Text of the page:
Rice is far more than the staple food in Ubud; rice agriculture has been alive here for hundreds of years and it’s inseparable from the customs, beliefs and identity of the people.
Rice appears in all the daily offerings, and no Balinese meal is complete without rice in some form, be it boiled yellow with turmeric, pressed into the solid rice-cakes used in gado-gado and soto, or served with palm sugar and roasted coconut milk in the delicious black sticky rice pudding. Rice is even made into a sweet milky-white alcohol called brem, which varies in quality but can be delicious with lots of ice and a squeeze of fresh lime.
Although during the green revolution only one strand of rice was permitted (a high-yield, fast-growing variety), nowadays heritage rices are being revived and gaining in popularity for their distinct flavours and high nutritional value. Look out for dry rice, grown wihtout flooding the paddy, and red rice varieties. A good source for these is at Sari Organik, a fifteen minute walk from Jalan Raya in Ubud.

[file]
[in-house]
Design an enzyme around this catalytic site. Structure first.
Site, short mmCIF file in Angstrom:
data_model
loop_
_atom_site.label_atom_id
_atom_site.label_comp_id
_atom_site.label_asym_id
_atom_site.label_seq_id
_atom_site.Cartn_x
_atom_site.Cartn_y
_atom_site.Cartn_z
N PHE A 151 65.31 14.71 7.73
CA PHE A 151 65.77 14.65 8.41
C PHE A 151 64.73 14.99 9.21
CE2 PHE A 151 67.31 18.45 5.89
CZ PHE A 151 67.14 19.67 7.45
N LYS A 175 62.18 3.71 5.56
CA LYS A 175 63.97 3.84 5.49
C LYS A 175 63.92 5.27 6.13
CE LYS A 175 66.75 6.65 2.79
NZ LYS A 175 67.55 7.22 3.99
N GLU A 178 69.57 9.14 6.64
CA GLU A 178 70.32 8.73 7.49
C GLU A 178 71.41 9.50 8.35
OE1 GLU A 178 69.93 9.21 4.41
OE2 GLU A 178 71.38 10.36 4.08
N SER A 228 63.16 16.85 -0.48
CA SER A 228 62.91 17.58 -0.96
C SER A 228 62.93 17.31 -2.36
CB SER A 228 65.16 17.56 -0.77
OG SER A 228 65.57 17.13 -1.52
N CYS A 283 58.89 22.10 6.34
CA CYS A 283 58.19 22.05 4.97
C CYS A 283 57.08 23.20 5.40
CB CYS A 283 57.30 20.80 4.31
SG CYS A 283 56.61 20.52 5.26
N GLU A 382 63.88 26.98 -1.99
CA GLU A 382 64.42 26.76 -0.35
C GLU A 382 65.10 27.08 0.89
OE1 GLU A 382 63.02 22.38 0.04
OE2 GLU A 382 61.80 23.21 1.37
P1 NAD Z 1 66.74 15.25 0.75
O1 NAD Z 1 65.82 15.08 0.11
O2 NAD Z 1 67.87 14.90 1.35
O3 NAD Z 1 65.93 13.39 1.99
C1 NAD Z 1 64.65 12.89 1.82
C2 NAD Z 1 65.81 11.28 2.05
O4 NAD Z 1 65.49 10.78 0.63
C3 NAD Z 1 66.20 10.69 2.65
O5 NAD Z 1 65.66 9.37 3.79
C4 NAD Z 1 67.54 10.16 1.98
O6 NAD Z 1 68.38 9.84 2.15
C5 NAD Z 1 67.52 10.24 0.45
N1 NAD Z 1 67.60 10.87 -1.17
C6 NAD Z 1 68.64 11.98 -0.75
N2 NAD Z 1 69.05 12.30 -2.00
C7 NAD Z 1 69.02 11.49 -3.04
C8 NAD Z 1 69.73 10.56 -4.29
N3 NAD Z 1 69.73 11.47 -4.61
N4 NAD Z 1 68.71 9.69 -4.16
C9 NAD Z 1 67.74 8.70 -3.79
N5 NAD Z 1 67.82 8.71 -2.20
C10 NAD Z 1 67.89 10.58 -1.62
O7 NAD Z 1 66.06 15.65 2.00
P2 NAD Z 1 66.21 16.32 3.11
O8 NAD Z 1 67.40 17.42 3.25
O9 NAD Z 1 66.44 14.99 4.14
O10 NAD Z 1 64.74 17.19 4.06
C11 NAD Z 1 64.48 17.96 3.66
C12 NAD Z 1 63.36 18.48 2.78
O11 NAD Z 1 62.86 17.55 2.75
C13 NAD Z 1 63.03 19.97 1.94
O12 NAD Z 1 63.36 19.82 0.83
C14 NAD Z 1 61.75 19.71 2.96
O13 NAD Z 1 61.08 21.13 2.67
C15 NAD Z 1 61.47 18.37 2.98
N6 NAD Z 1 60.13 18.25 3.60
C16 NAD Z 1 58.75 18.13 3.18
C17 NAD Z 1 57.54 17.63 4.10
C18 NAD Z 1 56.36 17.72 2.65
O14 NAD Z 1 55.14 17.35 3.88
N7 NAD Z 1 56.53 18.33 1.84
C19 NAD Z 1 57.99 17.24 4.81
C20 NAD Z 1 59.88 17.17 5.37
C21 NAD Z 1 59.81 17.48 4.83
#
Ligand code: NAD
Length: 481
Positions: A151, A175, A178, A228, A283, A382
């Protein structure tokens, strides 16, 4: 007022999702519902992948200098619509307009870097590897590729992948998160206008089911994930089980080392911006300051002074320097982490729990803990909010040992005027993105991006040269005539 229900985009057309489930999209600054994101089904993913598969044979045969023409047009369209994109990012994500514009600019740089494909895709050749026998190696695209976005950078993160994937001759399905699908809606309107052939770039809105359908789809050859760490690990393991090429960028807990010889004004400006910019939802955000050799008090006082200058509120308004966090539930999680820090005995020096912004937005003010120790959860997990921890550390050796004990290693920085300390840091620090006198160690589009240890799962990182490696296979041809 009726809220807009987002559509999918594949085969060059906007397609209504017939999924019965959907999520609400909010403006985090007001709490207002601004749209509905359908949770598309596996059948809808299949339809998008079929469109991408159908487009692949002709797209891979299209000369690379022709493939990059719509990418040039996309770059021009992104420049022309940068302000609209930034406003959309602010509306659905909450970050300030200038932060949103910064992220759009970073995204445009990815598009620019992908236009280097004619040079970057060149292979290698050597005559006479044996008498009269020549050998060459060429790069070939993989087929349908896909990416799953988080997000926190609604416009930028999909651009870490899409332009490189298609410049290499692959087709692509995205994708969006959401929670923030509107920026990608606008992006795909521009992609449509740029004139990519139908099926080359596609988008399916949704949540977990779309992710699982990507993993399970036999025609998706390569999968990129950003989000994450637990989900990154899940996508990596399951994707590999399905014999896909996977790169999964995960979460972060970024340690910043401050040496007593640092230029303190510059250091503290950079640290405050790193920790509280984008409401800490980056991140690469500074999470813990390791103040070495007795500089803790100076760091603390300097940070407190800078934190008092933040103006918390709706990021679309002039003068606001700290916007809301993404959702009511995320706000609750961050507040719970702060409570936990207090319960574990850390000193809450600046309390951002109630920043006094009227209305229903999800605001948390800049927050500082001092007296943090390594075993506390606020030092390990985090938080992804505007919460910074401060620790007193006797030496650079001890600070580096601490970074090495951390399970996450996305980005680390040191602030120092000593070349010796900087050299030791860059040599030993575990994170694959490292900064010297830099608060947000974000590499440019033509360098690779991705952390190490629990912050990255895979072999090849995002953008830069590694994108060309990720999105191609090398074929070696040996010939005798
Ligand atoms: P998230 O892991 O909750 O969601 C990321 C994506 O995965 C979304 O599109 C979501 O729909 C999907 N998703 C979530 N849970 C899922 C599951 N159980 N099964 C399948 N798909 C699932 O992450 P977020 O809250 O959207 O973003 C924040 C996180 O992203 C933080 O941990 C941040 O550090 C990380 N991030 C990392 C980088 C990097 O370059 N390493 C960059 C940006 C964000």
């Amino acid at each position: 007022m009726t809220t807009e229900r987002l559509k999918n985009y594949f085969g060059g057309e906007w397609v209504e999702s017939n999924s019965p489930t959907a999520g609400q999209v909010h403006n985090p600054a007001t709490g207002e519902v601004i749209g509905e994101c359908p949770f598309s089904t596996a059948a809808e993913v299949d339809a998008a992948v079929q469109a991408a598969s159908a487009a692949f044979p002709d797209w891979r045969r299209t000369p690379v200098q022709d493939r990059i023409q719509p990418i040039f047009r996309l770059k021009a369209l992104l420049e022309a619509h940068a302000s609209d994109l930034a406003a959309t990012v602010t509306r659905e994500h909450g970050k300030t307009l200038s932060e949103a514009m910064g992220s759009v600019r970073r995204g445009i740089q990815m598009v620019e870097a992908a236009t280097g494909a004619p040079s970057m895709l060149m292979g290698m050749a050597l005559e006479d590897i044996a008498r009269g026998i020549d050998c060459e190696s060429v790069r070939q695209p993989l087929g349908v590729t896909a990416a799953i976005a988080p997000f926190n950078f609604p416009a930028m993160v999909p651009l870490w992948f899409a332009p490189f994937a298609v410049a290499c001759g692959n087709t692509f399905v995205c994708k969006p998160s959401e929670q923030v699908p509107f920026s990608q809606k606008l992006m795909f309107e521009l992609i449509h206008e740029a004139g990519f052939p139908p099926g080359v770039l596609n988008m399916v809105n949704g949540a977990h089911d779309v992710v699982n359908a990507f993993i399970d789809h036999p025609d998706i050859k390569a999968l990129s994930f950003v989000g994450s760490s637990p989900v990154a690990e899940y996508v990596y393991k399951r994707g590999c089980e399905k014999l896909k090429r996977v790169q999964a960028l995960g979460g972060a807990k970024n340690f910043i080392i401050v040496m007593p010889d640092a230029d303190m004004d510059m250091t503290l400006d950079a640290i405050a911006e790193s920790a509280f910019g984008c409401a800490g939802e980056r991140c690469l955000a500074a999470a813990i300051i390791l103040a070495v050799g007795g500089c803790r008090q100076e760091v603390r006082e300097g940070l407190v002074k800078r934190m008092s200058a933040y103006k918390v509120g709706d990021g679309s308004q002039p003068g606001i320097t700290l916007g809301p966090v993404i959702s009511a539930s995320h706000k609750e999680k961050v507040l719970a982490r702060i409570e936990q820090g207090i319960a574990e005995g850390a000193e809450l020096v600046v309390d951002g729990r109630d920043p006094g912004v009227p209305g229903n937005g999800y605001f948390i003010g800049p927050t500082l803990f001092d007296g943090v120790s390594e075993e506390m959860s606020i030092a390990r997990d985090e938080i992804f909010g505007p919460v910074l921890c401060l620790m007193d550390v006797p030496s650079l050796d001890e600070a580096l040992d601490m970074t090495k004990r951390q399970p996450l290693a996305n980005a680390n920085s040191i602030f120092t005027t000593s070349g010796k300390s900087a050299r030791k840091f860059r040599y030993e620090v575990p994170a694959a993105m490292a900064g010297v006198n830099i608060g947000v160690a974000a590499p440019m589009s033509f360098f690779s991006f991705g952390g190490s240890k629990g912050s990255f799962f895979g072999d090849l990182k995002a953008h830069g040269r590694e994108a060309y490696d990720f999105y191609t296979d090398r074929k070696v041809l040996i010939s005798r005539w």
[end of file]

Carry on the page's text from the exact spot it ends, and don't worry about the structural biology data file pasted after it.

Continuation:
Ubud is famous the world over for its spectacular, verdant rice terraces, some of which are close to 1000 years old. You’ll see the best examples at Tegallalang, although this has become a prime tourist attraction, and you’re likely to be harassed by touts.
The rice fields are rapidly disappearing to make room for hotels and villas, so it’s a surprise to see that some still exist side-by-side with shops and restaurants in town. The best way to see the paddies though is to take a scooter or bicycle up a side-road – you’ll be out in the fields within minutes, and struck by their beauty.
Watched over by the rice goddess Dewi Sri who also represents fertility and prosperity, the rice fields have regular cycles, from planting to irrigating to harvesting, which are accompanied by ceremonies, the most elaborate being when the grains are starting to form on the stalk and the plants said to be like a pregnant woman.
The system of rice planting is one of the most ancient and sophisticated forms of agriculture in the world, from the companion planting to deter pests to the ingenious, to creating a habitat for fish and eels, and ducks to fertilise the soil and keep pests at bay, to the clever use of the husks after milling for animal food and compost.